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What property developer Evergrande’s debt crunch could mean for U.S. businesses

Posted by Kanika Sinha

October 11, 2021    |     4-minute read (731 words)

Snowed under by crushing debt of more than $300 billion, Chinese real estate behemoth Evergrande is on the brink of collapse. Starved for cash, the property developer is struggling to pay suppliers and even asked employees to lend it money.

Analysts fear the potential fallout could turn into China's Lehman Brothers moment and warn the contagion could have far-reaching implications that spill beyond China’s borders. The stock markets of all major economies have already recorded worrying signs in recent weeks. 

The Evergrande empire

Shenzhen-based Evergrande is one of China's largest property developers. The company was featured on Fortune’s Global 500 list, meaning that it's also one of the world's biggest businesses by revenue.

Founded by billionaire Xu Jiayin in 1996, Evergrande rapidly expanded during China’s housing boom, buying land and delivering over 1,300 projects in more than 280 cities across the country.

Beyond housing, the company has also invested in electric vehicles, theme parks, food and beverage businesses, bottled water and even owns a soccer team. According to Evergrande’s website, the company employs 200,000 people and is indirectly responsible for an estimated 3.8 million jobs each year.

What is the crisis?

The Evergrande crisis was precipitated by the Chinese government’s “three red lines” policies in the property sector that cap borrowings of companies.

As Evergrande breached all three red lines, regulators placed a very hard cap on its debt — the primary way the company created liquidity.

To counter that, the developer tried selling off some of its business. But a progressive slowing down of the property market in China and tapering demand for new houses crimped Evergrande’s cash flow, forcing it to suspend construction of apartment buildings and delay payments to suppliers.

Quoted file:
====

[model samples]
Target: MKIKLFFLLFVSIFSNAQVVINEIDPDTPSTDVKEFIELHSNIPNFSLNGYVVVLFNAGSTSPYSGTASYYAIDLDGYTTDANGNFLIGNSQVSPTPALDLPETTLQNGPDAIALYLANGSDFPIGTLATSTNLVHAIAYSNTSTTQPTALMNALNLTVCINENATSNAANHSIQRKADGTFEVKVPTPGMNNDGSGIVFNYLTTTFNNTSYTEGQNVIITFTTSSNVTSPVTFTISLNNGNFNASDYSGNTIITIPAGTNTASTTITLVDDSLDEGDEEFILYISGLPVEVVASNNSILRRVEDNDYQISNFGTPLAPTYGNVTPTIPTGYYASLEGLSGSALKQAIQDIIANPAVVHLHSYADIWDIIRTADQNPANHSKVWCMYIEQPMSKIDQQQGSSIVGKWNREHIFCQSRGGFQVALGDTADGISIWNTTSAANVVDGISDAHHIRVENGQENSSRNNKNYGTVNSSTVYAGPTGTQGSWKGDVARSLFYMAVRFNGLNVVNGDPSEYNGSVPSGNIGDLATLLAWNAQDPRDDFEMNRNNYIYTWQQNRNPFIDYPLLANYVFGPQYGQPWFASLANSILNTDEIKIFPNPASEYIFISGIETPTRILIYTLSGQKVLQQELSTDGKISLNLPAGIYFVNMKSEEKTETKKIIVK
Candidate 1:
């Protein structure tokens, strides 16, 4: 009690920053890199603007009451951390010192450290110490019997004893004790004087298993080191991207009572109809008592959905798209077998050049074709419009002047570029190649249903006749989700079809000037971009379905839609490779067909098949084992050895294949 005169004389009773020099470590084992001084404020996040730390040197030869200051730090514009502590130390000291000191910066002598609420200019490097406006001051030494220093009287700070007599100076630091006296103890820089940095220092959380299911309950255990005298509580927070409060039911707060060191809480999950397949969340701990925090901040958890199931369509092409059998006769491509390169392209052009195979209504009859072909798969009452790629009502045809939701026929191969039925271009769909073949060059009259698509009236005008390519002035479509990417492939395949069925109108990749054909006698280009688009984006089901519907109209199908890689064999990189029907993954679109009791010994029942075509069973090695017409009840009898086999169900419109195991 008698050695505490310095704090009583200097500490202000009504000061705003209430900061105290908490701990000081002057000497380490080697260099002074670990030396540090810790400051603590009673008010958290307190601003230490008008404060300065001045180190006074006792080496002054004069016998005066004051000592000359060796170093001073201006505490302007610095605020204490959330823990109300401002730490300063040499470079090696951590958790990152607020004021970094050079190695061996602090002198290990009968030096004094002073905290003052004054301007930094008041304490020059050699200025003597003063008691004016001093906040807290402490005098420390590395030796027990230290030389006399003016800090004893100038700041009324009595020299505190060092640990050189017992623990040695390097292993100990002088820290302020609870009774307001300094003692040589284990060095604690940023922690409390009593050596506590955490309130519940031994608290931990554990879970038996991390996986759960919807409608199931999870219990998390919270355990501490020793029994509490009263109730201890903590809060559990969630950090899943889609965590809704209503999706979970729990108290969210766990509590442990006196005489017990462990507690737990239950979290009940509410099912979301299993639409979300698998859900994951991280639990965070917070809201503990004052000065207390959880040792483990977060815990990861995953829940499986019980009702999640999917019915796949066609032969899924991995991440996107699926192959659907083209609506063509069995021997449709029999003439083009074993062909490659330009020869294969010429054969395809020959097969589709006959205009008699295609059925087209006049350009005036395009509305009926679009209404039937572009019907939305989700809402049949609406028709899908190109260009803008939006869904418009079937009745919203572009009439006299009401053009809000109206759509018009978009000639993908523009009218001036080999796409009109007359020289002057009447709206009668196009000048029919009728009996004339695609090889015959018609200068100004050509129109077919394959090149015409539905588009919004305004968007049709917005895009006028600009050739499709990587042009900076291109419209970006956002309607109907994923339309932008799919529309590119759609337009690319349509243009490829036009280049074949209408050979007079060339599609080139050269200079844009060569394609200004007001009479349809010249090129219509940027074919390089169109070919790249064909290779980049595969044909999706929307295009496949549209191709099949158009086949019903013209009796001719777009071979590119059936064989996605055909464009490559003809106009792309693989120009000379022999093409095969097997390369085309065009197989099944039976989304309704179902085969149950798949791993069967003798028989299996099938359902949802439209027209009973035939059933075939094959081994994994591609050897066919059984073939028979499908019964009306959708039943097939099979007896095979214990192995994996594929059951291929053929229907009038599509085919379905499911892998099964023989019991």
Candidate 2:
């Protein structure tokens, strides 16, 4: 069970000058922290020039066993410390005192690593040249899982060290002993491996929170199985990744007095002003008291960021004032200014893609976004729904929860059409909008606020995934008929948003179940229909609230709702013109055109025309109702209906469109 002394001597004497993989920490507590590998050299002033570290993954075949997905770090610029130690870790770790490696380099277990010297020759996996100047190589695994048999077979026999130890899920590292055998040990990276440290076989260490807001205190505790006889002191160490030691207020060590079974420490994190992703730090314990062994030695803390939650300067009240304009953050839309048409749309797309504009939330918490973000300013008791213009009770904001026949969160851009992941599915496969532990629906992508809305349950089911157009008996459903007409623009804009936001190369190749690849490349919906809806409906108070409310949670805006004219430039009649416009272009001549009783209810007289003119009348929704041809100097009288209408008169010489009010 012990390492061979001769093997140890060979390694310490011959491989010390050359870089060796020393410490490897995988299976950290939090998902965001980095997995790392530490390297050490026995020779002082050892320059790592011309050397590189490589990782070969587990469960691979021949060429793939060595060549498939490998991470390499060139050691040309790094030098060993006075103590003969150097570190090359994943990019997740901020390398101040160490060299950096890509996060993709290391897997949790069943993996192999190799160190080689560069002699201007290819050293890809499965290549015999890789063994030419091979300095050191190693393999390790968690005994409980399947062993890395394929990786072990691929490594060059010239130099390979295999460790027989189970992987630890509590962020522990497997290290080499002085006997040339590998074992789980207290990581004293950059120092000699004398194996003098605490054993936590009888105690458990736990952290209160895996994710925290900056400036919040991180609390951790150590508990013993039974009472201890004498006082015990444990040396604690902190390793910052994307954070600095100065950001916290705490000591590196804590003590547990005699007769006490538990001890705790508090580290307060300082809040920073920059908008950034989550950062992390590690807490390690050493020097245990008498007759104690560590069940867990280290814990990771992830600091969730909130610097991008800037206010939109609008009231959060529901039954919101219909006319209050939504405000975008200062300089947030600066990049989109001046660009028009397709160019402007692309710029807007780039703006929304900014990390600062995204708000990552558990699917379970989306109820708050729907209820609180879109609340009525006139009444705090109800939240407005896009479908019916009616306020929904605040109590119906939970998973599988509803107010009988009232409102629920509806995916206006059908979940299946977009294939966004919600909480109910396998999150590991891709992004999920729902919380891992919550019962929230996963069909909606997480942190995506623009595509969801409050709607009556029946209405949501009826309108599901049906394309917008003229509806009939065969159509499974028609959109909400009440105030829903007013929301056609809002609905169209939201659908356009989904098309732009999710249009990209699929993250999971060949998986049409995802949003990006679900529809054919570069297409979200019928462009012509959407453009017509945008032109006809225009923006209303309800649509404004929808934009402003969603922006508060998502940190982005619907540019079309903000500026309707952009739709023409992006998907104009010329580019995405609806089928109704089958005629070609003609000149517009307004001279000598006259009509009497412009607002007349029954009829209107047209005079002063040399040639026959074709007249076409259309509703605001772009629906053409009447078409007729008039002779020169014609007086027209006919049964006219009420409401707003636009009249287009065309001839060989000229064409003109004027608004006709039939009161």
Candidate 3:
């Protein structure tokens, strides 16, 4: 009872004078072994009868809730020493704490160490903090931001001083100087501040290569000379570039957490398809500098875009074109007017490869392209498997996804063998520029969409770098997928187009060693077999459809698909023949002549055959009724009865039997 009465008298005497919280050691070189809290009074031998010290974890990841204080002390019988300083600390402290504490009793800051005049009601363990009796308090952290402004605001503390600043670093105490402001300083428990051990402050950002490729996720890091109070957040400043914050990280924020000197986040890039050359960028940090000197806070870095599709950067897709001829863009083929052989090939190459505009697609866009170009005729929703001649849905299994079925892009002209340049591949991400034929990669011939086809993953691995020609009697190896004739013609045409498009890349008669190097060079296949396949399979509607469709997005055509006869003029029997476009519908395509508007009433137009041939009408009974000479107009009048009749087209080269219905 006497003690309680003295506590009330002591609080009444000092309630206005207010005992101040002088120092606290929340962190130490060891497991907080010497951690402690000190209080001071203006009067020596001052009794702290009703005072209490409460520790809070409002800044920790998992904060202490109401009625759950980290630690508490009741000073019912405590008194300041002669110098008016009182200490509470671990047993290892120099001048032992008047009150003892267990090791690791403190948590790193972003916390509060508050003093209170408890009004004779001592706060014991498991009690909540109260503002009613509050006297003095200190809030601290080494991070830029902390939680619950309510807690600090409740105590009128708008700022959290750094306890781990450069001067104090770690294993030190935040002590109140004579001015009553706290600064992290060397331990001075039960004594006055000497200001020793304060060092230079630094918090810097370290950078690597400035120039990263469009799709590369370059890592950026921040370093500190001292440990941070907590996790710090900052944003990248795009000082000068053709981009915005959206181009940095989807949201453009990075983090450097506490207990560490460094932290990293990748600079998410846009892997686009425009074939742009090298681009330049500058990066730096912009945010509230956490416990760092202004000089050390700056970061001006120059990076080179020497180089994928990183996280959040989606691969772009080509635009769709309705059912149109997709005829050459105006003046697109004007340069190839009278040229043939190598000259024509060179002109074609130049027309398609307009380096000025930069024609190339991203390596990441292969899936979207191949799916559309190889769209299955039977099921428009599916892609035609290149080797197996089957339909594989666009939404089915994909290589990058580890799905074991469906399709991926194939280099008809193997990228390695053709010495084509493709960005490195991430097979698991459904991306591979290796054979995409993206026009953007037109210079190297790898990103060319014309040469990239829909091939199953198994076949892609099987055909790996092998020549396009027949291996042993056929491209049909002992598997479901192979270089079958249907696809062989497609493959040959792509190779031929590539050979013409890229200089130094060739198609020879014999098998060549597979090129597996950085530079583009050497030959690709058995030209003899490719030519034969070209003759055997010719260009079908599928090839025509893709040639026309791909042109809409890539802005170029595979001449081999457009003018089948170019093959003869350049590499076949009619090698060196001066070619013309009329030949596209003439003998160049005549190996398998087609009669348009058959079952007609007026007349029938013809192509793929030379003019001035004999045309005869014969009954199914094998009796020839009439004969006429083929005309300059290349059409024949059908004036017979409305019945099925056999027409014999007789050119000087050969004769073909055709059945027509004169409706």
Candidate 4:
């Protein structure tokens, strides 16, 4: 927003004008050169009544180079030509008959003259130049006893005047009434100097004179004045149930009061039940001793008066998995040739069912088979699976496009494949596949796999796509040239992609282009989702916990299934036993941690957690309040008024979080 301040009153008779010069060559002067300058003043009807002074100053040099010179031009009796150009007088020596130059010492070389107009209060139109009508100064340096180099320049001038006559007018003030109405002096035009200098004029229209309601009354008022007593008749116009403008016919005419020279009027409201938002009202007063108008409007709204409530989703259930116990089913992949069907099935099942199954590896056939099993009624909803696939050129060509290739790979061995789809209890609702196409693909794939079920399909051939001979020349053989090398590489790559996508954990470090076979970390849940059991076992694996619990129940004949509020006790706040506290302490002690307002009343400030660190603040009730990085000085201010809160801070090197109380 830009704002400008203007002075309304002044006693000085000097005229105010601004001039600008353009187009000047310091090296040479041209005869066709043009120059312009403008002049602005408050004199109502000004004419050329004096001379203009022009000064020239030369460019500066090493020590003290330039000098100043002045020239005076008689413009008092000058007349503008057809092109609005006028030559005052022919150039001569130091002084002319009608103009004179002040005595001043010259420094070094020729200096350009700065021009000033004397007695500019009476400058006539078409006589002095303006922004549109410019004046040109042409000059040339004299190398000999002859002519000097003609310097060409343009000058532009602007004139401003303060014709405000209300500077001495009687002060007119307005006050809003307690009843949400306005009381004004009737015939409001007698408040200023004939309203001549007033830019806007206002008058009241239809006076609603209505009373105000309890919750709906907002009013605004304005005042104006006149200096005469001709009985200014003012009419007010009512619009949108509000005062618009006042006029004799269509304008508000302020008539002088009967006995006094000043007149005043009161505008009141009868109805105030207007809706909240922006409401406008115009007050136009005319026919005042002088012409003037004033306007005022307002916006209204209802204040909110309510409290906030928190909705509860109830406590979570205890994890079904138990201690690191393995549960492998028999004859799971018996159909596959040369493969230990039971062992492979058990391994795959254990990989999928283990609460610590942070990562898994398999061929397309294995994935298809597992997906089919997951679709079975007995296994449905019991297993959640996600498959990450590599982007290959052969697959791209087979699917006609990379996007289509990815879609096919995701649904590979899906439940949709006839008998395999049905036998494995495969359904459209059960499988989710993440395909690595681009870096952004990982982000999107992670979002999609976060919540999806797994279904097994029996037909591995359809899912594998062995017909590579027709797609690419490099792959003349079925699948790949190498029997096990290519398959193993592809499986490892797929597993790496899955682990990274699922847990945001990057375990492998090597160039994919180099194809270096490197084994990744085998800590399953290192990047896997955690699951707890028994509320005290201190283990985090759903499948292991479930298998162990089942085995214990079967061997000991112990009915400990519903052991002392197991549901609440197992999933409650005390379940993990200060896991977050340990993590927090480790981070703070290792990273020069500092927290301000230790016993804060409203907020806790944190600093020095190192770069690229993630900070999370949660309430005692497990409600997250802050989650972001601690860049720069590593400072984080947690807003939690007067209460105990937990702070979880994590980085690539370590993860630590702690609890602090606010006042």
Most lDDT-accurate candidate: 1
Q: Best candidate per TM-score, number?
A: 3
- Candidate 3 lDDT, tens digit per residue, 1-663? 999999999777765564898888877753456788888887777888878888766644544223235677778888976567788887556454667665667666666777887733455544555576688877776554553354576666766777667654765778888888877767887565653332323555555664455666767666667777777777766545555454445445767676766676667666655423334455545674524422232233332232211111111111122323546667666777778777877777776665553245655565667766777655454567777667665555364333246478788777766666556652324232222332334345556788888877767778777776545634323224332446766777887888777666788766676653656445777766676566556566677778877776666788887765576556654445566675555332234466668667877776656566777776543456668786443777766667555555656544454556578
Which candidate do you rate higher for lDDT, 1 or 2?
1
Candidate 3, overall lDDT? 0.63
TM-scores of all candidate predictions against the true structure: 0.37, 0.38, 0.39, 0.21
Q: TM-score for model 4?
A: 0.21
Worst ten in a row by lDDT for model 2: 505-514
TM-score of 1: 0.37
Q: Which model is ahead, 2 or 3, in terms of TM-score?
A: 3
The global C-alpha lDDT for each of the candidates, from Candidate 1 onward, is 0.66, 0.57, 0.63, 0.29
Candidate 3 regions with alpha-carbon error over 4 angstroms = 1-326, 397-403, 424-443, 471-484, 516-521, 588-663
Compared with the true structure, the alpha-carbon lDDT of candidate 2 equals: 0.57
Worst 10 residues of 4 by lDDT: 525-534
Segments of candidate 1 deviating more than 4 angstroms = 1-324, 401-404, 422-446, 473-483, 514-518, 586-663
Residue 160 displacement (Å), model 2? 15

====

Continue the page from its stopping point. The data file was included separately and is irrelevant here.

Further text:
Losing nearly 90% of its value, the company is now struggling under a crushing $300+ billion liabilities burden that has decimated its credit rating and share price. It is faced with about 800 unfinished residential buildings, many unpaid suppliers and over 1 million homebuyers who have partially paid for their properties. 

Implications for the U.S. economy 

The possible collapse of Evergrande will have a profound impact on the Chinese economy and is also likely to have a serious knock-on effect on the global economy. 

In fact, the looming crisis is already punishing global stocks. The S&P 500 fell 5.2% from Sept. 2 to 20, and the VIX, an index that measures S&P volatility, hit its highest jump since May 2021. 

Initially, some economists opined the U.S. would largely be shielded from major disruptions from the Evergrande’s debt crisis. They expected a decline in the $120 billion worth of exports to China every year as the biggest risk to the U.S.

However, U.S. Secretary of State Antony Blinken recently warned of the profound ramifications of the collapse for the entire world and issued a direct plea to China to act responsibly. “ So certainly when it comes to something that could have a major impact on the Chinese economy, we look to China to act with – to act responsibly and to deal effectively with any challenges,” he said in his October 6 interview with Bloomberg Television.

Blinken’s alarming assessment of the Evergrande fiasco immediately sent shock waves through the finance world. Contained with fears of a domino effect, the markets are now looking to the Chinese government to stem the Evergrande panic.

Lessons from Evergrande debt story

As housing prices continue to surge in other regions, the world can learn from the Evergrande crisis and past housing bubbles to prevent future crises. Here are some lessons: 

Robust and timely market data delivery: Regulatory authorities need to work with the real estate industry to provide robust market data and analysis, including statistics related to the financing of industry investment and development.

Consider external policy impacts: The real estate industry must engage with governments and policymakers at all levels, local, national and global, on the impacts of public policies on the real estate sector.

Establish information clearing hub: An information hub should be established to track and communicate new policies and research to decision-makers in the real estate, banking and finance sectors to help them address any adverse developments.

Embrace transparency and understanding: National and international authorities should adopt enhanced transparency and understanding across real estate and related markets for securities and derivatives.

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